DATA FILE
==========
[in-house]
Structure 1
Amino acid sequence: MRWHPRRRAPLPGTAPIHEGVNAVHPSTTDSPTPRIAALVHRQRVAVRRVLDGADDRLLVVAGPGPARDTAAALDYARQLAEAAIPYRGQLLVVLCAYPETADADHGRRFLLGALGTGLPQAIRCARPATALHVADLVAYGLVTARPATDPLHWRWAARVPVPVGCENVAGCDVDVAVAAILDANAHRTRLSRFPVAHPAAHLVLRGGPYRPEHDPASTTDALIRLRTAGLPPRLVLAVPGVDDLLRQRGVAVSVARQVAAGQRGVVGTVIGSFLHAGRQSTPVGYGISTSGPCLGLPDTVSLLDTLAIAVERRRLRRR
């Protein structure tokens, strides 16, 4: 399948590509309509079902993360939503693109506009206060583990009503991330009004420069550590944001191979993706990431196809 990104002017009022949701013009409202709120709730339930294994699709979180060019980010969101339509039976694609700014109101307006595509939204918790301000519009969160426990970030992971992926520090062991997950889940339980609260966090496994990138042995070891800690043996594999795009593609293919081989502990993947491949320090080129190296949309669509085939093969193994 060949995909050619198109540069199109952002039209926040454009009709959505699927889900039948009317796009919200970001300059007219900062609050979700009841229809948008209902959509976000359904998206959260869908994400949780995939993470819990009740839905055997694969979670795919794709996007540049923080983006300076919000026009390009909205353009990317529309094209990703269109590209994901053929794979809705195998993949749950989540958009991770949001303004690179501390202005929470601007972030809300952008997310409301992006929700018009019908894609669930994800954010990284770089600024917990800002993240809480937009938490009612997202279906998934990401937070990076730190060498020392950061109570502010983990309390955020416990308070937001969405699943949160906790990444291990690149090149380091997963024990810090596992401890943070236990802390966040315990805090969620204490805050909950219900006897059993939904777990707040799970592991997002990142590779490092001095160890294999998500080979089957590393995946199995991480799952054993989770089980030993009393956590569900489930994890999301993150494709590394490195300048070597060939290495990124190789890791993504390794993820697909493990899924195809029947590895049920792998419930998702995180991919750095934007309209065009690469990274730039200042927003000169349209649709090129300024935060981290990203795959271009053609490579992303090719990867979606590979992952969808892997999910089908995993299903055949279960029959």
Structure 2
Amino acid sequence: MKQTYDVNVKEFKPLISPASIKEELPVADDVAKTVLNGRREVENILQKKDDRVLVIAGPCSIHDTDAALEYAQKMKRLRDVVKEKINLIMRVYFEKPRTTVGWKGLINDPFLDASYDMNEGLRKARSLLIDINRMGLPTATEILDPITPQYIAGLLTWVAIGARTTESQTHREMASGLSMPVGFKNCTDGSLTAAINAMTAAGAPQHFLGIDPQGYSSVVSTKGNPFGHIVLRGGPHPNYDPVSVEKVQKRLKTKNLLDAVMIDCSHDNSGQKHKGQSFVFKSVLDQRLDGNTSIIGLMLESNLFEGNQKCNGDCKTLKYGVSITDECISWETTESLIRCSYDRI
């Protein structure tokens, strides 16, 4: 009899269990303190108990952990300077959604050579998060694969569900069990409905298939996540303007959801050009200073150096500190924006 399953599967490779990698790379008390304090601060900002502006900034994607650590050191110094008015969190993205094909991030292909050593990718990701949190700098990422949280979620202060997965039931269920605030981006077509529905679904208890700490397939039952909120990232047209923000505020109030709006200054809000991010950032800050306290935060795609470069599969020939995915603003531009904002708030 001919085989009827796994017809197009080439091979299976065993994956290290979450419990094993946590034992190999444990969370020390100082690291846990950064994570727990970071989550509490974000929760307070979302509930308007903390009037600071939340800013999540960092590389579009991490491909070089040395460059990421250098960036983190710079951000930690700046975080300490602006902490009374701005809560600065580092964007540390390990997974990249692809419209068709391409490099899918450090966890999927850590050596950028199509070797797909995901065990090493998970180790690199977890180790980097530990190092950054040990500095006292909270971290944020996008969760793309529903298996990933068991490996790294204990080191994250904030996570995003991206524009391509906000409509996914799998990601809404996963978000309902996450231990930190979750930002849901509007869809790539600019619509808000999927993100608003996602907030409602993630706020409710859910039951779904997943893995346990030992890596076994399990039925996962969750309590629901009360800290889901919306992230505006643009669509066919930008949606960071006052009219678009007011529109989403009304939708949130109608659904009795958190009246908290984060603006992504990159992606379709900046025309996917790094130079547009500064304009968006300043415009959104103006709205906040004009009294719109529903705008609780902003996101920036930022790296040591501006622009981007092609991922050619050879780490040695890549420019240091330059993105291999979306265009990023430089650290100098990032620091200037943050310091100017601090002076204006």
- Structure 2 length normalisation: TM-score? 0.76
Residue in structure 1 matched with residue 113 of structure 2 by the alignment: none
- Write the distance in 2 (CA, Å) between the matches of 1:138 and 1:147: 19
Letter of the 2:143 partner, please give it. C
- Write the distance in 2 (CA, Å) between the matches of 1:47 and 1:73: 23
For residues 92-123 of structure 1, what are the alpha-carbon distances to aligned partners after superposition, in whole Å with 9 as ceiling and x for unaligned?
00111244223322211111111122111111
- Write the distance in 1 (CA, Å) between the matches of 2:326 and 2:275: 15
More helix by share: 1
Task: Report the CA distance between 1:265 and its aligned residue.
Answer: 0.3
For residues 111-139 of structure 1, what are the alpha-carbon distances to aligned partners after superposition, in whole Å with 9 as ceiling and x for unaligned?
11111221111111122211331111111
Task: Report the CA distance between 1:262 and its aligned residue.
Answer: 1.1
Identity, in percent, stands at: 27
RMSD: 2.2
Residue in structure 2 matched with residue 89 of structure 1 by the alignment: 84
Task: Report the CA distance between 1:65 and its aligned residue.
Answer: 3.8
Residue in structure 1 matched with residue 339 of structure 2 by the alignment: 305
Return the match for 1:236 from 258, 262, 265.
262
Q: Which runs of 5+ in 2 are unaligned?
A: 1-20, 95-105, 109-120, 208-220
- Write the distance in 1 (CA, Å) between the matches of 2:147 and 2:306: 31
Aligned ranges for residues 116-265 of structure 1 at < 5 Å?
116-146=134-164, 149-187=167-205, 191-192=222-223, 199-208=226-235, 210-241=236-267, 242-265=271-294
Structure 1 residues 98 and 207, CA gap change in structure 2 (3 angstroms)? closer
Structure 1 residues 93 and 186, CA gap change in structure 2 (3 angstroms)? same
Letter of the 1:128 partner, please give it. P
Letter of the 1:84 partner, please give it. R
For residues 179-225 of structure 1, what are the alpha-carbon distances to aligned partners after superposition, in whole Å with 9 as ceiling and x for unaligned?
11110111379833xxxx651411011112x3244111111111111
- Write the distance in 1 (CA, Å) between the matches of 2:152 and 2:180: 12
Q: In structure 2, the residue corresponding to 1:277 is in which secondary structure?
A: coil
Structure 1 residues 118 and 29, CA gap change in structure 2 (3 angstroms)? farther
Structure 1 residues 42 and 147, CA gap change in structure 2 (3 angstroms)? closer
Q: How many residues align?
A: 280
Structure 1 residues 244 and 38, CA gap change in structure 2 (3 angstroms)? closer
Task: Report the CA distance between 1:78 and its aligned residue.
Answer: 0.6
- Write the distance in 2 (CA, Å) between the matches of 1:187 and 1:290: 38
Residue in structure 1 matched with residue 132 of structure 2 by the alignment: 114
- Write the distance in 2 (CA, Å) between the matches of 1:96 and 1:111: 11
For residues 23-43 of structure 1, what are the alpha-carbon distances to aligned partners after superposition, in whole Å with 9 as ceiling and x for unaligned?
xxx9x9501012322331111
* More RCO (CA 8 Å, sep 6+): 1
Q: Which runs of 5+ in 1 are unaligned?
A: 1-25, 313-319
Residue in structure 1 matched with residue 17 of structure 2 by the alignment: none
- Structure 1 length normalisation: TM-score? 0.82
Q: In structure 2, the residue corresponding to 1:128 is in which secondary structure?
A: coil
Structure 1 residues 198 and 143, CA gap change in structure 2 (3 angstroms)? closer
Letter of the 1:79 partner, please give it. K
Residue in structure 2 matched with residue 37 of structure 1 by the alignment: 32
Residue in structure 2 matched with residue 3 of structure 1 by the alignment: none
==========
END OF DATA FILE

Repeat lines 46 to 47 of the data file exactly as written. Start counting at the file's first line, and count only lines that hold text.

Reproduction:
Structure 1 residues 42 and 147, CA gap change in structure 2 (3 angstroms)? closer
Q: How many residues align?